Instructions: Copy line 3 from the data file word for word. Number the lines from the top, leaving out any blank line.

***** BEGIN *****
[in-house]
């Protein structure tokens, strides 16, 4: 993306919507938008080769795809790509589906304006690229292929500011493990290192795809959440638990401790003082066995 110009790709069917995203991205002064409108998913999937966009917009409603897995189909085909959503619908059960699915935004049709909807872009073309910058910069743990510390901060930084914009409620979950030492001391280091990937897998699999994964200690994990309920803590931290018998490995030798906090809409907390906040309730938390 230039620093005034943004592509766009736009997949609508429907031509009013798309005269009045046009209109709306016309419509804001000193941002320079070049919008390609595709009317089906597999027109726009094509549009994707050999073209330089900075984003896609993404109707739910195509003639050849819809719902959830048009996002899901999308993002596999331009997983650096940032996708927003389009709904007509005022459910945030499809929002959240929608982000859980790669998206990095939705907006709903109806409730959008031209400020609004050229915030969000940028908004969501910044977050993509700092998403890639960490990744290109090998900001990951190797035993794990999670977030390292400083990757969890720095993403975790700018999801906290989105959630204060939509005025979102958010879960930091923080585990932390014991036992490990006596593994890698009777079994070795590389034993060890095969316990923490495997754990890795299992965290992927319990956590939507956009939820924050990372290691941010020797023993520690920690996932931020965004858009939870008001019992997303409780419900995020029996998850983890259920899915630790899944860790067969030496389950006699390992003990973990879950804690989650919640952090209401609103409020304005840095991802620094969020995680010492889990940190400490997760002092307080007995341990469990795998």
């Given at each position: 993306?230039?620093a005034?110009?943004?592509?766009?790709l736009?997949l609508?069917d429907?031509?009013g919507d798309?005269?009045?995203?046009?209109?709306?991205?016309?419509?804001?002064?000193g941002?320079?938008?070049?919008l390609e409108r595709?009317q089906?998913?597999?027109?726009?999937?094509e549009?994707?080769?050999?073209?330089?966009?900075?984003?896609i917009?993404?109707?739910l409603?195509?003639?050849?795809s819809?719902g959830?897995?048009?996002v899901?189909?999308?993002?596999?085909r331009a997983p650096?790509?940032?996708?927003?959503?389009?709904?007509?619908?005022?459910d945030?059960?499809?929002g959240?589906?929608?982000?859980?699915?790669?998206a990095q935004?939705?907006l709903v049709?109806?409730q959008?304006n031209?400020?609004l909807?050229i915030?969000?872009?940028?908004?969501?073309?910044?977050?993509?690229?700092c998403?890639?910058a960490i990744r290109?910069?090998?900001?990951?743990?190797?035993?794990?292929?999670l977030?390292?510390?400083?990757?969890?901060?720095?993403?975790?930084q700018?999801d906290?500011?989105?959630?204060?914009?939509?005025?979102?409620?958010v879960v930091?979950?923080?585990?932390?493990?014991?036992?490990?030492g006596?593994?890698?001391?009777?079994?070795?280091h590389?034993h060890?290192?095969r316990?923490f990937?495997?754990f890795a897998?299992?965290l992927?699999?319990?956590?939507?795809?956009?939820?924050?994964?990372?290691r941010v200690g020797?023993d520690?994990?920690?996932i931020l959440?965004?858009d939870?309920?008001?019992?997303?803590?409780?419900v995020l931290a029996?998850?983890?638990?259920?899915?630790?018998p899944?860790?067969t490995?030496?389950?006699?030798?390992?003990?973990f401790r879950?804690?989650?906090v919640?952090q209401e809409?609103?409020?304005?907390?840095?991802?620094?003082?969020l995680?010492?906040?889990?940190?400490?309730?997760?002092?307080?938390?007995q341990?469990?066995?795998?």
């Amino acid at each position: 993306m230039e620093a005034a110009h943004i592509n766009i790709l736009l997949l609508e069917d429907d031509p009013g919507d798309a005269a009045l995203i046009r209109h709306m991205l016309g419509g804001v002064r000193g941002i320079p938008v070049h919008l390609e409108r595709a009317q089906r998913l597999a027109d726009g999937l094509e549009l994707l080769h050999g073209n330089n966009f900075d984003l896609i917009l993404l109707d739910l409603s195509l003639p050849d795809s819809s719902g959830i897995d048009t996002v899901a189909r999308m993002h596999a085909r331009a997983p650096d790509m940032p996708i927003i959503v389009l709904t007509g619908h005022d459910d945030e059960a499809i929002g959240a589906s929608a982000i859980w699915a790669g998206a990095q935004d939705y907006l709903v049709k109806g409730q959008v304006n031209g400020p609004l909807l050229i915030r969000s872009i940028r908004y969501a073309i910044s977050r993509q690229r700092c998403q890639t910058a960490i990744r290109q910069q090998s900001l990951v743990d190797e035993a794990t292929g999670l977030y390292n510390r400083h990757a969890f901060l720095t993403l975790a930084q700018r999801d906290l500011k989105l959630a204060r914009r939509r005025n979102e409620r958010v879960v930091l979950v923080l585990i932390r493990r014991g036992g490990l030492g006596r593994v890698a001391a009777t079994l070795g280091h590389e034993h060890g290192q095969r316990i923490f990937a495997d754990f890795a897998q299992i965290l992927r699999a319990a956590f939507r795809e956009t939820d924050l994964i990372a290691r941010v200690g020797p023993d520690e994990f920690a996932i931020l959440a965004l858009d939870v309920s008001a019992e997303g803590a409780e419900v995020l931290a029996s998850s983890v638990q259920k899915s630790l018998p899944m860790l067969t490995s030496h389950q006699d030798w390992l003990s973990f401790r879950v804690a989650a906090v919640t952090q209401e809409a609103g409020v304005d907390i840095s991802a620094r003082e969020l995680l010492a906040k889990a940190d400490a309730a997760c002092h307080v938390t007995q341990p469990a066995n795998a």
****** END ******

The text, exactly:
């Given at each position: 993306?230039?620093a005034?110009?943004?592509?766009?790709l736009?997949l609508?069917d429907?031509?009013g919507d798309?005269?009045?995203?046009?209109?709306?991205?016309?419509?804001?002064?000193g941002?320079?938008?070049?919008l390609e409108r595709?009317q089906?998913?597999?027109?726009?999937?094509e549009?994707?080769?050999?073209?330089?966009?900075?984003?896609i917009?993404?109707?739910l409603?195509?003639?050849?795809s819809?719902g959830?897995?048009?996002v899901?189909?999308?993002?596999?085909r331009a997983p650096?790509?940032?996708?927003?959503?389009?709904?007509?619908?005022?459910d945030?059960?499809?929002g959240?589906?929608?982000?859980?699915?790669?998206a990095q935004?939705?907006l709903v049709?109806?409730q959008?304006n031209?400020?609004l909807?050229i915030?969000?872009?940028?908004?969501?073309?910044?977050?993509?690229?700092c998403?890639?910058a960490i990744r290109?910069?090998?900001?990951?743990?190797?035993?794990?292929?999670l977030?390292?510390?400083?990757?969890?901060?720095?993403?975790?930084q700018?999801d906290?500011?989105?959630?204060?914009?939509?005025?979102?409620?958010v879960v930091?979950?923080?585990?932390?493990?014991?036992?490990?030492g006596?593994?890698?001391?009777?079994?070795?280091h590389?034993h060890?290192?095969r316990?923490f990937?495997?754990f890795a897998?299992?965290l992927?699999?319990?956590?939507?795809?956009?939820?924050?994964?990372?290691r941010v200690g020797?023993d520690?994990?920690?996932i931020l959440?965004?858009d939870?309920?008001?019992?997303?803590?409780?419900v995020l931290a029996?998850?983890?638990?259920?899915?630790?018998p899944?860790?067969t490995?030496?389950?006699?030798?390992?003990?973990f401790r879950?804690?989650?906090v919640?952090q209401e809409?609103?409020?304005?907390?840095?991802?620094?003082?969020l995680?010492?906040?889990?940190?400490?309730?997760?002092?307080?938390?007995q341990?469990?066995?795998?």